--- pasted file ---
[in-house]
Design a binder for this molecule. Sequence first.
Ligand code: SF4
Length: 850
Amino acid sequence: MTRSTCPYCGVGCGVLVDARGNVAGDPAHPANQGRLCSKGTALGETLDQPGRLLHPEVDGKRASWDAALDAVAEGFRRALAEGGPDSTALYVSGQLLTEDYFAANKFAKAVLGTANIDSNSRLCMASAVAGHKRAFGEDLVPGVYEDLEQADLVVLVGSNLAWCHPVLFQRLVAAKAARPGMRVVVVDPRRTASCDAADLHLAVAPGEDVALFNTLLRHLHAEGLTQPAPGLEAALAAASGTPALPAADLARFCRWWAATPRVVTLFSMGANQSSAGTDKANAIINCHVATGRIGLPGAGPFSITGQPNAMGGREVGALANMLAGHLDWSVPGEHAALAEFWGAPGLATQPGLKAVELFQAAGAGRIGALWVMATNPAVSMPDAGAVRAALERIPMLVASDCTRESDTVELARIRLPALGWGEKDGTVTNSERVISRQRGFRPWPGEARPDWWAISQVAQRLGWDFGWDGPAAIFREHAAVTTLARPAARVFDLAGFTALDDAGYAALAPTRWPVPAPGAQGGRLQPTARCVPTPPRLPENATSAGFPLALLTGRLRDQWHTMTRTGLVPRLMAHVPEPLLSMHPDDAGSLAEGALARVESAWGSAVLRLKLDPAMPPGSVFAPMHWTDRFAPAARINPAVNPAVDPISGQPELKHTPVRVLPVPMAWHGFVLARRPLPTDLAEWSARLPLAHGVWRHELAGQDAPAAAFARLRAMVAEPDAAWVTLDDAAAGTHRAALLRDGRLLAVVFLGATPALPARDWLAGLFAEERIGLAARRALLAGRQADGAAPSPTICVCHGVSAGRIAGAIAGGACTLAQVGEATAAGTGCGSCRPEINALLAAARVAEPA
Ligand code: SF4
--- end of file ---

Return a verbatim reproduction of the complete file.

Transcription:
[in-house]
Design a binder for this molecule. Sequence first.
Ligand code: SF4
Length: 850
Amino acid sequence: MTRSTCPYCGVGCGVLVDARGNVAGDPAHPANQGRLCSKGTALGETLDQPGRLLHPEVDGKRASWDAALDAVAEGFRRALAEGGPDSTALYVSGQLLTEDYFAANKFAKAVLGTANIDSNSRLCMASAVAGHKRAFGEDLVPGVYEDLEQADLVVLVGSNLAWCHPVLFQRLVAAKAARPGMRVVVVDPRRTASCDAADLHLAVAPGEDVALFNTLLRHLHAEGLTQPAPGLEAALAAASGTPALPAADLARFCRWWAATPRVVTLFSMGANQSSAGTDKANAIINCHVATGRIGLPGAGPFSITGQPNAMGGREVGALANMLAGHLDWSVPGEHAALAEFWGAPGLATQPGLKAVELFQAAGAGRIGALWVMATNPAVSMPDAGAVRAALERIPMLVASDCTRESDTVELARIRLPALGWGEKDGTVTNSERVISRQRGFRPWPGEARPDWWAISQVAQRLGWDFGWDGPAAIFREHAAVTTLARPAARVFDLAGFTALDDAGYAALAPTRWPVPAPGAQGGRLQPTARCVPTPPRLPENATSAGFPLALLTGRLRDQWHTMTRTGLVPRLMAHVPEPLLSMHPDDAGSLAEGALARVESAWGSAVLRLKLDPAMPPGSVFAPMHWTDRFAPAARINPAVNPAVDPISGQPELKHTPVRVLPVPMAWHGFVLARRPLPTDLAEWSARLPLAHGVWRHELAGQDAPAAAFARLRAMVAEPDAAWVTLDDAAAGTHRAALLRDGRLLAVVFLGATPALPARDWLAGLFAEERIGLAARRALLAGRQADGAAPSPTICVCHGVSAGRIAGAIAGGACTLAQVGEATAAGTGCGSCRPEINALLAAARVAEPA
Ligand code: SF4